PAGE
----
Every year, I find myself thinking a lot about a few “hot topics.” I want to save more money, I want to be healthier and I want to achieve a better work/life balance. After a few years of setting lofty and nonspecific goals, I finally learned that the trick to progress was thinking small.
This is especially true with our family finances. I am openly verbal about how terrible I am with money. It isn’t that I am irresponsible — it is just that I am not very organized. So, I knew that simply saying, “I want to save X dollars every month,” wasn’t going to cut it. I needed a concrete plan for saving money, and it needed to require very little effort on my part.
So, this year, I decided to try an experiment to see just how much the small choices I make could help me to save more money on our biggest expenses.
For an entire month, I committed to buying only off-brand items while grocery shopping for my family. Typically, our groceries are one of our biggest expenses, second only to our mortgage. I really hoped that giving up more expensive, brand-name foods would cut our budget by a lot.
Getting started was easy enough. The first week, I decided I would avoid temptation altogether by heading right to our local Aldi, a budget-friendly grocery store that only carries off-brand food, or so I thought. I blazed through the store quickly; I have shopped there for years, and my mother shopped there when I was a child, so I quickly filled my cart without thinking twice about cost comparison.
As it turns out, I should have been a little more prepared to practice self-control. The week before, I had learned I was pregnant, and morning sickness was in full swing. I had been living on grilled cheese and La Croix, a sparkling water that was definitely not off-brand and definitely not budget friendly. As I rounded the last aisle and made my way toward the checkout, I spotted it: my favorite flavor of La Croix was taking up an endcap, a rare treat at a store that never carries name-brand items. It was calling to me and, in my excitement, I grabbed a few packs and slid them under my shopping cart.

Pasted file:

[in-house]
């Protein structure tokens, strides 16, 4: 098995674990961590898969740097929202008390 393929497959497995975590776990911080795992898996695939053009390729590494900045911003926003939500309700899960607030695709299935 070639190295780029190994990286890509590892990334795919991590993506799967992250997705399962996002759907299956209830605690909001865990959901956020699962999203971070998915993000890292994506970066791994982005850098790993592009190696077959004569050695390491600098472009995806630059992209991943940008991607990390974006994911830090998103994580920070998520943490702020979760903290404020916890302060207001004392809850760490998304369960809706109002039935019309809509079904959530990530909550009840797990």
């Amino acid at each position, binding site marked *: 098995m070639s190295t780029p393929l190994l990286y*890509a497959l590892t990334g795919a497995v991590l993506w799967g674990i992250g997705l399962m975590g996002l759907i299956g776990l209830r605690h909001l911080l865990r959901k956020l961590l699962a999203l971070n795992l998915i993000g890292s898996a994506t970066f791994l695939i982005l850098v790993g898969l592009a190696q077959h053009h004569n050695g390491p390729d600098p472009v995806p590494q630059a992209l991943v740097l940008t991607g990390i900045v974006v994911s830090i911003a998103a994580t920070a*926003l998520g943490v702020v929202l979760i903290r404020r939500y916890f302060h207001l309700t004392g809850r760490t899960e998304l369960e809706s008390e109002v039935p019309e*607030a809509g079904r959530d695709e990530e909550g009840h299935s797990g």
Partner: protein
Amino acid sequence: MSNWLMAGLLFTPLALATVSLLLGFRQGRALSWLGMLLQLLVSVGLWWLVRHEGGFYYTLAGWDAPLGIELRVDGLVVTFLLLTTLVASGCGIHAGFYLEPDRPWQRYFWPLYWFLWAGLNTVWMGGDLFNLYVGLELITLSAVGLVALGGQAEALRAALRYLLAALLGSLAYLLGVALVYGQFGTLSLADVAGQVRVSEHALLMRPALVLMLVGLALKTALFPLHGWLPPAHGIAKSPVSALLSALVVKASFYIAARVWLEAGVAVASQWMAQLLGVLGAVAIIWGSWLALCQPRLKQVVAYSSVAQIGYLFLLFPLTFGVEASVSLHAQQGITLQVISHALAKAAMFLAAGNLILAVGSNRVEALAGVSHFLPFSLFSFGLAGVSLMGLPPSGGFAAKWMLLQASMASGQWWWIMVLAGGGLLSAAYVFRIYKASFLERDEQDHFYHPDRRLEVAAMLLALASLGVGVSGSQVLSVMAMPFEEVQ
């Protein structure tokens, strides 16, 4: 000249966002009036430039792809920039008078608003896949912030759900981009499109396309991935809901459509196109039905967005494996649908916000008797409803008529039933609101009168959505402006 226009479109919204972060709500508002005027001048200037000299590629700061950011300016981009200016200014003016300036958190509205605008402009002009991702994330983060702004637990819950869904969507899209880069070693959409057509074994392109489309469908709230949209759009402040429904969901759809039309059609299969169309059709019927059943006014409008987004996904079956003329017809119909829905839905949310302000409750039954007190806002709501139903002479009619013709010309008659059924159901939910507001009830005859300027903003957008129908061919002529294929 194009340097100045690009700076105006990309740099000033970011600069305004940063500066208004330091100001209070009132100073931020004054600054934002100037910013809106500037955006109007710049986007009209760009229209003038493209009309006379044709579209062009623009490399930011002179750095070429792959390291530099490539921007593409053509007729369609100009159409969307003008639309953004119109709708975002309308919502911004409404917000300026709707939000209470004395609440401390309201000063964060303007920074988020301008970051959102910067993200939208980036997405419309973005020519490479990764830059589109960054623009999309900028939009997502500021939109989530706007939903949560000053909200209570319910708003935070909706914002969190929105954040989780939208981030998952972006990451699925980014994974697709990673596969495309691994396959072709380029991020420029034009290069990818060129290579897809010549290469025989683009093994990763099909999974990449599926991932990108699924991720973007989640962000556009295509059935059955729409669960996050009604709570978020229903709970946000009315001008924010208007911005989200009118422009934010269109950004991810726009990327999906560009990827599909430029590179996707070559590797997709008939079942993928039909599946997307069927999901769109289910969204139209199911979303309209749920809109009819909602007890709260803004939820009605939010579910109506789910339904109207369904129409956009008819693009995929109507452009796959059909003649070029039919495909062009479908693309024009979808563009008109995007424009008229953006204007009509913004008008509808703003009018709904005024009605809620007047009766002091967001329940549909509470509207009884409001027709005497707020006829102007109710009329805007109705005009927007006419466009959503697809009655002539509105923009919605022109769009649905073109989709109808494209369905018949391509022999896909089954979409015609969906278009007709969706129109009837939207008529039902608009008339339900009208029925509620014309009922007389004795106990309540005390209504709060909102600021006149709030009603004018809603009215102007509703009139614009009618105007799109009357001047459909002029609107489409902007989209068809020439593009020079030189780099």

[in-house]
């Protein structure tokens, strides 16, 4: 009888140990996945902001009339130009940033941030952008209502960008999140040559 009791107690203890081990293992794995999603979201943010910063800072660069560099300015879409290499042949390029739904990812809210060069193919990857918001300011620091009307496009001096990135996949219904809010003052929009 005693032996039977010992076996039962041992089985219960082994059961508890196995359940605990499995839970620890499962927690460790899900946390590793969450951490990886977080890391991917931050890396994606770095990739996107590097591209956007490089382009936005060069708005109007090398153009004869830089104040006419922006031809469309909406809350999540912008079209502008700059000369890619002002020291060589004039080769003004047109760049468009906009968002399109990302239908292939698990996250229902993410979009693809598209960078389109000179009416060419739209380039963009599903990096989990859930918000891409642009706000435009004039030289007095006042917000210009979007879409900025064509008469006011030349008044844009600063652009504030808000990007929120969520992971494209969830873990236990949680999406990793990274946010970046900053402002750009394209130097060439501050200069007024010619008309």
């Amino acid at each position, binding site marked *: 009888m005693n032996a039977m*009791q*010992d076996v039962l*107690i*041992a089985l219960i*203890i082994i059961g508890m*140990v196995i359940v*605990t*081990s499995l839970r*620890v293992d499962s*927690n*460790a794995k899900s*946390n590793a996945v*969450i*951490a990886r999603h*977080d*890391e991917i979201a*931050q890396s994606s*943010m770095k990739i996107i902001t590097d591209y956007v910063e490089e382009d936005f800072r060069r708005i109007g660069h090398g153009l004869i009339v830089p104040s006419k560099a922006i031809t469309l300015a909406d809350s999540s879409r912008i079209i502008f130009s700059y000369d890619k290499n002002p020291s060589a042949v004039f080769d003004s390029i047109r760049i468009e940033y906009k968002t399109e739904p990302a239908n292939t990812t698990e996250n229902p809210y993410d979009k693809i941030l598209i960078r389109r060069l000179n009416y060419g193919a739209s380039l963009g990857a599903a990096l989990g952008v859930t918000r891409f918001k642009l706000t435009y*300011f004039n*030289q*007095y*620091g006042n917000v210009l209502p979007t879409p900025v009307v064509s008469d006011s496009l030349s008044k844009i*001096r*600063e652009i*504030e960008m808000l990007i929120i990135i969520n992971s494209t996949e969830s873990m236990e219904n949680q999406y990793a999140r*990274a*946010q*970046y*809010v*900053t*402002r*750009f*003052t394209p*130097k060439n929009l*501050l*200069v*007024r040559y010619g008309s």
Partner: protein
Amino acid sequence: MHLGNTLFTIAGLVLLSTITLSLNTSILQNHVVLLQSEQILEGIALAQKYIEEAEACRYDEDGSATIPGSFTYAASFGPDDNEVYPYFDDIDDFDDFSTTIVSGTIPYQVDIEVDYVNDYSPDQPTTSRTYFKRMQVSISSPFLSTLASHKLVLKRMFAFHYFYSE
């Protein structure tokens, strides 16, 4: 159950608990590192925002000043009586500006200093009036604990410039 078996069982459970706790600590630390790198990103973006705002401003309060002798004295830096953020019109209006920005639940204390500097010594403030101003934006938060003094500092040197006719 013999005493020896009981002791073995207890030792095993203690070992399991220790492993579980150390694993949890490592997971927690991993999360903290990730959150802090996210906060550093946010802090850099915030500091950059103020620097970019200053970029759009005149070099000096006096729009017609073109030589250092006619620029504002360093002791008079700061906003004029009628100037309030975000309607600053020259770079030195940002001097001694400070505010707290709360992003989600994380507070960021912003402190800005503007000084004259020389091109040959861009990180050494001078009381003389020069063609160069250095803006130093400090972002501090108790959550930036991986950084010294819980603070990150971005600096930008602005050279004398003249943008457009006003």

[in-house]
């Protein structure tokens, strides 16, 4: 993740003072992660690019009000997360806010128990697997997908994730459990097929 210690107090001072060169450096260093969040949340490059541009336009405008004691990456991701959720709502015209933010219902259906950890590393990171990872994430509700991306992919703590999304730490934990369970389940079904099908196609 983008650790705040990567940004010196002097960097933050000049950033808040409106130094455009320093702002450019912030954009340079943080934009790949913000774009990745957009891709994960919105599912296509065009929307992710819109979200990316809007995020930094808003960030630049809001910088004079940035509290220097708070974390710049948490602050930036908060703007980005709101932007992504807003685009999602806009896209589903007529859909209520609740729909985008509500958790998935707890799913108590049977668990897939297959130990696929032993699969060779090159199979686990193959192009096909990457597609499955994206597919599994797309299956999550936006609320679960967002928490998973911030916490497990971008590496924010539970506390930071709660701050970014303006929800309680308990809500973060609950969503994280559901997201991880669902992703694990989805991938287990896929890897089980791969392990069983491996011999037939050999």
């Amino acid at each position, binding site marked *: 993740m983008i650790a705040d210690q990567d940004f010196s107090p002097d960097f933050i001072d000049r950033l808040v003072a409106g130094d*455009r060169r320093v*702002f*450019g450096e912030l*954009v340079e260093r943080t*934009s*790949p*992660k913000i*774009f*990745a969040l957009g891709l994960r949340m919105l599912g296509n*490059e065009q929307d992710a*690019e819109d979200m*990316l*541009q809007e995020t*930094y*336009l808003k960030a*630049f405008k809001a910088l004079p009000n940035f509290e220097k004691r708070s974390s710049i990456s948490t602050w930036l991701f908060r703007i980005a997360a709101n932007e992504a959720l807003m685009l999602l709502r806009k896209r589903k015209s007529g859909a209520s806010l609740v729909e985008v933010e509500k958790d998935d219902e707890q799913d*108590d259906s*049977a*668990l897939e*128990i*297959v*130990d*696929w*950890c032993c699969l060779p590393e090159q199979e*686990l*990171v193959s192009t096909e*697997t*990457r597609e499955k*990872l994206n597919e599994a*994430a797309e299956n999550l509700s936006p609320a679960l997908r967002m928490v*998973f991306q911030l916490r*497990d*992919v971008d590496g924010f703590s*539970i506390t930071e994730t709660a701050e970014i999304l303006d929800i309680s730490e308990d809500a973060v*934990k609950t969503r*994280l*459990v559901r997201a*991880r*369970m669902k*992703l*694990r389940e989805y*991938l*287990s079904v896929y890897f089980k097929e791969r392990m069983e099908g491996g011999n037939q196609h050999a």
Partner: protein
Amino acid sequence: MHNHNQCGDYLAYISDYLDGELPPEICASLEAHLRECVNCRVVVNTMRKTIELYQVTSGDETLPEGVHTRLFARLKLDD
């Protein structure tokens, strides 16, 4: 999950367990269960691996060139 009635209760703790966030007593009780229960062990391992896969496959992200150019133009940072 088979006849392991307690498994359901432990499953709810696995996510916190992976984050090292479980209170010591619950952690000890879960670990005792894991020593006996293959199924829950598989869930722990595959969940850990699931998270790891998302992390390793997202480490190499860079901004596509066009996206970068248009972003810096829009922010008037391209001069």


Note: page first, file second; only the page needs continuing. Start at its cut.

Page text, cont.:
It wasn’t until I got home that I realized I had broken my own rule. I felt guilty at first, but quickly got over it when I realized I had not only bought my favorite drink ever at a deep discount, but I had also spent almost $23 less than I normally did on my weekly grocery script.
For week two, I wanted to switch things up. I was curious if I could still carry out my challenge at a different grocery story. I went to Sprouts, a grocery store that carries mostly organic and “healthy” foods. Within five minutes of walking in the door, I was frustrated. Sprouts carried a lot of store-brand and off-brand items, but they were not very budget friendly. A can of conventional black beans (as in, not organic) cost almost 50 percent more than what I had spent at Aldi. Now, when you are talking about the difference between 59 cents and 99 cents, it may not seem like that big of a deal, but those little differences add up.